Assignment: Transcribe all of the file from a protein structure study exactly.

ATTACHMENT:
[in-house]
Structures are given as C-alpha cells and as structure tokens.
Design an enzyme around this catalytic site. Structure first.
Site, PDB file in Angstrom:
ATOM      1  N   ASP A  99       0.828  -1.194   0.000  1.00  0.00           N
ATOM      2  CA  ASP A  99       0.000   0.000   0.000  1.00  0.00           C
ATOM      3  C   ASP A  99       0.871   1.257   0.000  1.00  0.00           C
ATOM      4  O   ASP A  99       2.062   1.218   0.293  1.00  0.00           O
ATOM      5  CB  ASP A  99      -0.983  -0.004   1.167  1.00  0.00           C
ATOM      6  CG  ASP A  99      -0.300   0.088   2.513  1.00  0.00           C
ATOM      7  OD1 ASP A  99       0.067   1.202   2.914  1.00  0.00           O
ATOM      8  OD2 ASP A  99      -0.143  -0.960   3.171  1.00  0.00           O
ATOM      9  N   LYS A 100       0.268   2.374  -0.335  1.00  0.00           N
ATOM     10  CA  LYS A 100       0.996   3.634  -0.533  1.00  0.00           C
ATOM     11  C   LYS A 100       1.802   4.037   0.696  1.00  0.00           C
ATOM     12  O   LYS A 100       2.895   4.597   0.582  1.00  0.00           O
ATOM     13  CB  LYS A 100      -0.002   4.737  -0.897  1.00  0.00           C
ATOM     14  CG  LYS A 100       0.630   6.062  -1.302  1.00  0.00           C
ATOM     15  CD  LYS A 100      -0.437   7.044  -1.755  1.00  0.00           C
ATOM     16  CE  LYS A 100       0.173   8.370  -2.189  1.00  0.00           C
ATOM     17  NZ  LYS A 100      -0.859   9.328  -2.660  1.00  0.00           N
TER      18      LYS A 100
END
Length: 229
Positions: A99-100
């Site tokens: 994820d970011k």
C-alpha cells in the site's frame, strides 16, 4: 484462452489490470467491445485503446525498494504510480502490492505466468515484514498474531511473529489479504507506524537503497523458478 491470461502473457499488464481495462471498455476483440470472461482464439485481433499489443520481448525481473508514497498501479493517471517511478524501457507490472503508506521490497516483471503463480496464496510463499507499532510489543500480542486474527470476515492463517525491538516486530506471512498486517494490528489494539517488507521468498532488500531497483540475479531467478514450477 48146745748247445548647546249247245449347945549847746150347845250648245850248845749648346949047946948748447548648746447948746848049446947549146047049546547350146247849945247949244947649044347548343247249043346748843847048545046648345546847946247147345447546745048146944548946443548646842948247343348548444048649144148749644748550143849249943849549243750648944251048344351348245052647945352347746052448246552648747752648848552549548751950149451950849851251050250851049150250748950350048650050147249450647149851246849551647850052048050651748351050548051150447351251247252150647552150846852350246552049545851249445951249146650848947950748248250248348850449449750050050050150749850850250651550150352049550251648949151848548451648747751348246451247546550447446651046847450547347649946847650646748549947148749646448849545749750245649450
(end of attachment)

[in-house]
Structures are given as C-alpha cells and as structure tokens.
Design an enzyme around this catalytic site. Structure first.
Site, PDB file in Angstrom:
ATOM      1  N   ASP A  99       0.828  -1.194   0.000  1.00  0.00           N
ATOM      2  CA  ASP A  99       0.000   0.000   0.000  1.00  0.00           C
ATOM      3  C   ASP A  99       0.871   1.257   0.000  1.00  0.00           C
ATOM      4  O   ASP A  99       2.062   1.218   0.293  1.00  0.00           O
ATOM      5  CB  ASP A  99      -0.983  -0.004   1.167  1.00  0.00           C
ATOM      6  CG  ASP A  99      -0.300   0.088   2.513  1.00  0.00           C
ATOM      7  OD1 ASP A  99       0.067   1.202   2.914  1.00  0.00           O
ATOM      8  OD2 ASP A  99      -0.143  -0.960   3.171  1.00  0.00           O
ATOM      9  N   LYS A 100       0.268   2.374  -0.335  1.00  0.00           N
ATOM     10  CA  LYS A 100       0.996   3.634  -0.533  1.00  0.00           C
ATOM     11  C   LYS A 100       1.802   4.037   0.696  1.00  0.00           C
ATOM     12  O   LYS A 100       2.895   4.597   0.582  1.00  0.00           O
ATOM     13  CB  LYS A 100      -0.002   4.737  -0.897  1.00  0.00           C
ATOM     14  CG  LYS A 100       0.630   6.062  -1.302  1.00  0.00           C
ATOM     15  CD  LYS A 100      -0.437   7.044  -1.755  1.00  0.00           C
ATOM     16  CE  LYS A 100       0.173   8.370  -2.189  1.00  0.00           C
ATOM     17  NZ  LYS A 100      -0.859   9.328  -2.660  1.00  0.00           N
TER      18      LYS A 100
END
Length: 229
Positions: A99-100
């Site tokens: 994820d970011k």
C-alpha cells in the site's frame, strides 16, 4: 484462452489490470467491445485503446525498494504510480502490492505466468515484514498474531511473529489479504507506524537503497523458478 491470461502473457499488464481495462471498455476483440470472461482464439485481433499489443520481448525481473508514497498501479493517471517511478524501457507490472503508506521490497516483471503463480496464496510463499507499532510489543500480542486474527470476515492463517525491538516486530506471512498486517494490528489494539517488507521468498532488500531497483540475479531467478514450477 48146745748247445548647546249247245449347945549847746150347845250648245850248845749648346949047946948748447548648746447948746848049446947549146047049546547350146247849945247949244947649044347548343247249043346748843847048545046648345546847946247147345447546745048146944548946443548646842948247343348548444048649144148749644748550143849249943849549243750648944251048344351348245052647945352347746052448246552648747752648848552549548751950149451950849851251050250851049150250748950350048650050147249450647149851246849551647850052048050651748351050548051150447351251247252150647552150846852350246552049545851249445951249146650848947950748248250248348850449449750050050050150749850850250651550150352049550251648949151848548451648747751348246451247546550447446651046847450547347649946847650646748549947148749646448849545749750245649450